The cfm50 is a number that makes sense to analysts who work with it all the time, but when a homeowner hears that their house leaks at the rate of 4500 cfm50, for example, it usually doesn’t make a lot of sense to them. Also, larger houses have more places that can leak, so you can’t directly compare the cfm50 for different size houses.
So, once the auditor/rater has the cfm50, they usually do some calculations to present the results in ways that are easier to grasp and that eliminate (or at least reduce) the issue of house size. The first and most common calculation is to convert cfm (cubic feet per minute) to ACH (air changes per hour). An air change is when a volume of air equal to the volume of the house exchanges with outside air. One ACH, then, means all the air in the house exchanges once per hour.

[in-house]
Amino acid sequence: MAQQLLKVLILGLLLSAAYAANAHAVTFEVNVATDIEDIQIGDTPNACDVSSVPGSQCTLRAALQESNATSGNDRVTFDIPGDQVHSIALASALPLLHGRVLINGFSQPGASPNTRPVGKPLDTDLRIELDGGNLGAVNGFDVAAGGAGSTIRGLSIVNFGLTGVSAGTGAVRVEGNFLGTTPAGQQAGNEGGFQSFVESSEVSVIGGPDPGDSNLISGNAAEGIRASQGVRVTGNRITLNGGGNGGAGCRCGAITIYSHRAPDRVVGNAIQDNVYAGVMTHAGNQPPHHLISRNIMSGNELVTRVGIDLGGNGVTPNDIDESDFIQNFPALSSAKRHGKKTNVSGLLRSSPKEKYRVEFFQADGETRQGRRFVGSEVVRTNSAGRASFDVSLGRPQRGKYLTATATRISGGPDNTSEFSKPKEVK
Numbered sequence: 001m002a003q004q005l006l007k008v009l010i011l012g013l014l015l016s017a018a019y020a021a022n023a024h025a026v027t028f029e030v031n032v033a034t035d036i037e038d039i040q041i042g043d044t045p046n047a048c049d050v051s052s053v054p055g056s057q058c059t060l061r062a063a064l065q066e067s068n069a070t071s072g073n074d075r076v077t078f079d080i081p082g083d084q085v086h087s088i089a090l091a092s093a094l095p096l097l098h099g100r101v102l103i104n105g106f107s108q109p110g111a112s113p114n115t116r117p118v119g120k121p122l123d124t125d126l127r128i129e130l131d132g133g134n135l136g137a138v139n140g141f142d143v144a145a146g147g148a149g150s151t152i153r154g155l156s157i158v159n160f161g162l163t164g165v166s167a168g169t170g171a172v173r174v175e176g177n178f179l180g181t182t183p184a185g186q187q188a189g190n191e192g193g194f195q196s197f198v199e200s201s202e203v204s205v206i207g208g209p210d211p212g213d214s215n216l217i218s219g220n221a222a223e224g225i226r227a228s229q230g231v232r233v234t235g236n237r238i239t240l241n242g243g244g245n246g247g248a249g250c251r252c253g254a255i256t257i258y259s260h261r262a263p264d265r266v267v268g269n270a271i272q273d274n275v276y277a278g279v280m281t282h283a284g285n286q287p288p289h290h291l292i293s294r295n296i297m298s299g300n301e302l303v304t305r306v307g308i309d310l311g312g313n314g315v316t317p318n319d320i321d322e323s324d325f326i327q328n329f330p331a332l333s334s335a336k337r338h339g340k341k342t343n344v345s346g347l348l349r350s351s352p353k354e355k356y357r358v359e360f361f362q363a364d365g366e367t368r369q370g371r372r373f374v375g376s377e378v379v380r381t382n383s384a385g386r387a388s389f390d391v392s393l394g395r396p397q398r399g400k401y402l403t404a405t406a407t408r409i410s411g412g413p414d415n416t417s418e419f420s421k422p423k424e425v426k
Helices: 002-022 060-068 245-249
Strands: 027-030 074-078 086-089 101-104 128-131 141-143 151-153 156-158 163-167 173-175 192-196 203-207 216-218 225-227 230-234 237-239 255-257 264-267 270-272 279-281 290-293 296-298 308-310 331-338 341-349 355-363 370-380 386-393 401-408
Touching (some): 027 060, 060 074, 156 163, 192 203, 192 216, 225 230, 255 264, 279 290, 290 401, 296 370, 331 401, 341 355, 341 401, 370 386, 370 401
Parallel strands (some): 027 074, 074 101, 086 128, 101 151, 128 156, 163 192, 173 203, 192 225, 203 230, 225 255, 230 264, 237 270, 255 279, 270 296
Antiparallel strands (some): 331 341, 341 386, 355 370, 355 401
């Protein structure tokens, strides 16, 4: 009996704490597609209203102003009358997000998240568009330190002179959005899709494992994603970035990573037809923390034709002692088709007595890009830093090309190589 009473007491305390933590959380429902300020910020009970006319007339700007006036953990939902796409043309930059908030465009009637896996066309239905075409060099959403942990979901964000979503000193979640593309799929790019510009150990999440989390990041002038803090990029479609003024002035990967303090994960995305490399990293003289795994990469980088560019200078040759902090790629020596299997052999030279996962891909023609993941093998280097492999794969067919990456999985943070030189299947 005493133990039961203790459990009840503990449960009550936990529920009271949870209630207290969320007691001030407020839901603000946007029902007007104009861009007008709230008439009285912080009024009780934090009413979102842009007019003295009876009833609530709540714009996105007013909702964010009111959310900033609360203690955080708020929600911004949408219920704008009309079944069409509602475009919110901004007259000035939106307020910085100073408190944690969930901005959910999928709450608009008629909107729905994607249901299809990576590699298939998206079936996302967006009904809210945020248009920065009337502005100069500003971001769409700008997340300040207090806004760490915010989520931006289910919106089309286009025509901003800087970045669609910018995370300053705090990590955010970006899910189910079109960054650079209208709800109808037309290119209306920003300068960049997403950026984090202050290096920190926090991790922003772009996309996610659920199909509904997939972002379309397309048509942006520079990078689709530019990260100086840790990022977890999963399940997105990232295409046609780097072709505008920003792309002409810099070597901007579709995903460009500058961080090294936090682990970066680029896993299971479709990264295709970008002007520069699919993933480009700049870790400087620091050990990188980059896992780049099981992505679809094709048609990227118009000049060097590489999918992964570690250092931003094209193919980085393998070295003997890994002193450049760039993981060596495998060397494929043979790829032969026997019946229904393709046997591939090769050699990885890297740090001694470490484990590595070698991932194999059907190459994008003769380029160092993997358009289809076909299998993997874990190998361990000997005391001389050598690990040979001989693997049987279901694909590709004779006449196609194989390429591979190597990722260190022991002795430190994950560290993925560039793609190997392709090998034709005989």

With the Blower Door running and the house pressure at negative 50 Pascals, a typical existing home might leak at the rate of 15 air changes per hour, which is written 15 ACH50. Really tight houses can get down to 1 ACH50 or even less. In fact, the Passive House program requires a maximum infiltration rate of 0.7 ACH50.
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Allison Bailes provided excellent instruction in a class on performing home energy ratings. His lectures were well prepared and he responded well to the needs of the students. Allison has a strong knowledge in the area of home building and retrofitting with an emphasis on energy conservation and indoor air quality.